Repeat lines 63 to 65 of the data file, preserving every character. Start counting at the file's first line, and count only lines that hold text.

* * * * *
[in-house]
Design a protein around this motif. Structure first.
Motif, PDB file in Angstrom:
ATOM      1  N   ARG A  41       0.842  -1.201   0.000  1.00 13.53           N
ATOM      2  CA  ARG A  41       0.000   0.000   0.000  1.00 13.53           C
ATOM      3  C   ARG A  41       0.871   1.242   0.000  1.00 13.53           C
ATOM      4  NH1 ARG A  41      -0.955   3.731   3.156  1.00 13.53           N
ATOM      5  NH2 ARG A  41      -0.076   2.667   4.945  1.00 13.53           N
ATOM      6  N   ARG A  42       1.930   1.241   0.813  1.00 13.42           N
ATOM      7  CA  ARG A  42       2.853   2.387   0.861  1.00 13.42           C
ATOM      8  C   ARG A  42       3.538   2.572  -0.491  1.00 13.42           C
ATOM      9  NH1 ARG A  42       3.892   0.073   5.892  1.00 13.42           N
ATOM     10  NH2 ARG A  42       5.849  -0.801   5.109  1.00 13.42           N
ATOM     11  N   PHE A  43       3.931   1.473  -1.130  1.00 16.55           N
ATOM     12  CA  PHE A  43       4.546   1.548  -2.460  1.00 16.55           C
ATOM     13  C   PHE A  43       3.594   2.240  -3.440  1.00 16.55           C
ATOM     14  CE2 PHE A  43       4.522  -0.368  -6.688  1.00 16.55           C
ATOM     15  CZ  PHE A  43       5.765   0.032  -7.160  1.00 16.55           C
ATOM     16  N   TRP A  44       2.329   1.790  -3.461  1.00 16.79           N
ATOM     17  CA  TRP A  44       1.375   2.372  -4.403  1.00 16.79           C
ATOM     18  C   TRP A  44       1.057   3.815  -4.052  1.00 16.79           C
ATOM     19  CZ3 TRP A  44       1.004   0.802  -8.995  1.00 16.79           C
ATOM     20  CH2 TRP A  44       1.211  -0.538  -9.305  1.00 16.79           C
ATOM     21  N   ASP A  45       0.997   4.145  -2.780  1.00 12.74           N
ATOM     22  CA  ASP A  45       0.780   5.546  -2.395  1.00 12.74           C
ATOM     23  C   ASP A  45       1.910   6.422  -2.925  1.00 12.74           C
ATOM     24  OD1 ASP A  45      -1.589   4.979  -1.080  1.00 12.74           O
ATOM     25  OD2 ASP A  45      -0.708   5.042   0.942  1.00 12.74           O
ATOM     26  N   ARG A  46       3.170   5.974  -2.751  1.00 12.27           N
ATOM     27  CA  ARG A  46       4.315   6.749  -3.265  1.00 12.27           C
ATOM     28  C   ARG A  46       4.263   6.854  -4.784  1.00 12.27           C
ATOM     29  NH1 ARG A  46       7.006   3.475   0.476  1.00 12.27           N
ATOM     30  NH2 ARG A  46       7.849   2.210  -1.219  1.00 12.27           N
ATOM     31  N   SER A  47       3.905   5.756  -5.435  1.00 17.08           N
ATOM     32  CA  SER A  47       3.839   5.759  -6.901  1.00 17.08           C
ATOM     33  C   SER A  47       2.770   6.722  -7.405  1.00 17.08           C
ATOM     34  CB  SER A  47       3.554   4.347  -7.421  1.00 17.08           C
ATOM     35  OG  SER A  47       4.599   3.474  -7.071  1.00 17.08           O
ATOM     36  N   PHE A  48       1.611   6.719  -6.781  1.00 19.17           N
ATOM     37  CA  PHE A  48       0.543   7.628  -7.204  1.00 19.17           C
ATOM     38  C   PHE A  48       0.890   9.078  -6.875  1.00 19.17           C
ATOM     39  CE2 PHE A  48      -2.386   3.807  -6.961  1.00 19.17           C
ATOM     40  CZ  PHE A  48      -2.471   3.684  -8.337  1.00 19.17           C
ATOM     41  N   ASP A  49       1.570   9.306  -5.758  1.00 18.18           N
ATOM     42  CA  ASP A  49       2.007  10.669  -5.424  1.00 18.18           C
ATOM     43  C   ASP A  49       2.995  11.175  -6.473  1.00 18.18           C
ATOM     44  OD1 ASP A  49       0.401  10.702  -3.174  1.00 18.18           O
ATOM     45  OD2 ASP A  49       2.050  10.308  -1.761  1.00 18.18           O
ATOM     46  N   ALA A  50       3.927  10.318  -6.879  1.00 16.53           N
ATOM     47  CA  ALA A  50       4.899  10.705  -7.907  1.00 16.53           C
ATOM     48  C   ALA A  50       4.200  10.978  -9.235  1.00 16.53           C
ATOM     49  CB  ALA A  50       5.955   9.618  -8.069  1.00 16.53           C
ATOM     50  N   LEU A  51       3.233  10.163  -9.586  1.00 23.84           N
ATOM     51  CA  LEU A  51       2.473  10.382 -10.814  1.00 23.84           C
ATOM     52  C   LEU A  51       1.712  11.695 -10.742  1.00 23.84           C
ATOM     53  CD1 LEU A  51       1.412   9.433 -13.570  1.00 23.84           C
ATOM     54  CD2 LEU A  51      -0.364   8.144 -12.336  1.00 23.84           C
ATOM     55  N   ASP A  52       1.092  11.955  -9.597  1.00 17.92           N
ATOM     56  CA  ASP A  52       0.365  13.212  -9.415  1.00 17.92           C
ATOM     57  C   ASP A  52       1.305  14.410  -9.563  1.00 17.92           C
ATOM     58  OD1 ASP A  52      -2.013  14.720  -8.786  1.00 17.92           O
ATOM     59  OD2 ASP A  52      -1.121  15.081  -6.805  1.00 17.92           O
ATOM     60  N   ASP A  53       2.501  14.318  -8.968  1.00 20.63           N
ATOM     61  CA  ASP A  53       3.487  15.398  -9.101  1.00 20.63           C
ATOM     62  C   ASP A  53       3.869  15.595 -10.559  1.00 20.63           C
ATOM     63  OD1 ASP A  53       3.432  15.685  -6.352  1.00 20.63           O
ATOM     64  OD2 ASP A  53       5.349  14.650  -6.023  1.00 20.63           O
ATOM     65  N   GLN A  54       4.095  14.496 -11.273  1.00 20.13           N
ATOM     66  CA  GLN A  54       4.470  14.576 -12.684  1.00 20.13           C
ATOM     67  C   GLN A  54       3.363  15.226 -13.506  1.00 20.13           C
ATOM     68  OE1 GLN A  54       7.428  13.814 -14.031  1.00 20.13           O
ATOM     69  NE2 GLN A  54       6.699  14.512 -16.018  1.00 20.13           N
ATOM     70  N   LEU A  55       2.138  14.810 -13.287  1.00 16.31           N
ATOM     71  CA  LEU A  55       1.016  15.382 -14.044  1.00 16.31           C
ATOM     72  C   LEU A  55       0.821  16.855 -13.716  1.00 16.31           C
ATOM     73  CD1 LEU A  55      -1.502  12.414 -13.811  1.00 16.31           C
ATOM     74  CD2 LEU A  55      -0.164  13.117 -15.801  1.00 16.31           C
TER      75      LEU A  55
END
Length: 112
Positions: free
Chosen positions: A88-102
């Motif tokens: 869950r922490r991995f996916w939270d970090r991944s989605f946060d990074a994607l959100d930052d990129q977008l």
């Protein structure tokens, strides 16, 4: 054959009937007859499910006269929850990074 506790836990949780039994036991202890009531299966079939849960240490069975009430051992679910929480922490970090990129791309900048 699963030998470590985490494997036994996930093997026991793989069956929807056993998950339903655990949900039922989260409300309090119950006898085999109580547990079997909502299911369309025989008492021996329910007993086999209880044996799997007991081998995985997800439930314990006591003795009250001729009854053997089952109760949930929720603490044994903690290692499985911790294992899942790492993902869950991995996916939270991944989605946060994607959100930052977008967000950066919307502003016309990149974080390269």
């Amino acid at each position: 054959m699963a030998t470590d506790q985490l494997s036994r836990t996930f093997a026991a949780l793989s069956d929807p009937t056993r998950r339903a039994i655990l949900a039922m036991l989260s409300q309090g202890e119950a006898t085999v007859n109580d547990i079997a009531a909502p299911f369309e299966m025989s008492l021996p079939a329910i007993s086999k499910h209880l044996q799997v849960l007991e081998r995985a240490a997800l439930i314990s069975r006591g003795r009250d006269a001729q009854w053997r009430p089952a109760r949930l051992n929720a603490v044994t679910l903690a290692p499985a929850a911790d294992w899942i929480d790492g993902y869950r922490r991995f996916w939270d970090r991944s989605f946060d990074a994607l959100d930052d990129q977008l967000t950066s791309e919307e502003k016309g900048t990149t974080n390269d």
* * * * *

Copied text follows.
ATOM     60  N   ASP A  53       2.501  14.318  -8.968  1.00 20.63           N
ATOM     61  CA  ASP A  53       3.487  15.398  -9.101  1.00 20.63           C
ATOM     62  C   ASP A  53       3.869  15.595 -10.559  1.00 20.63           C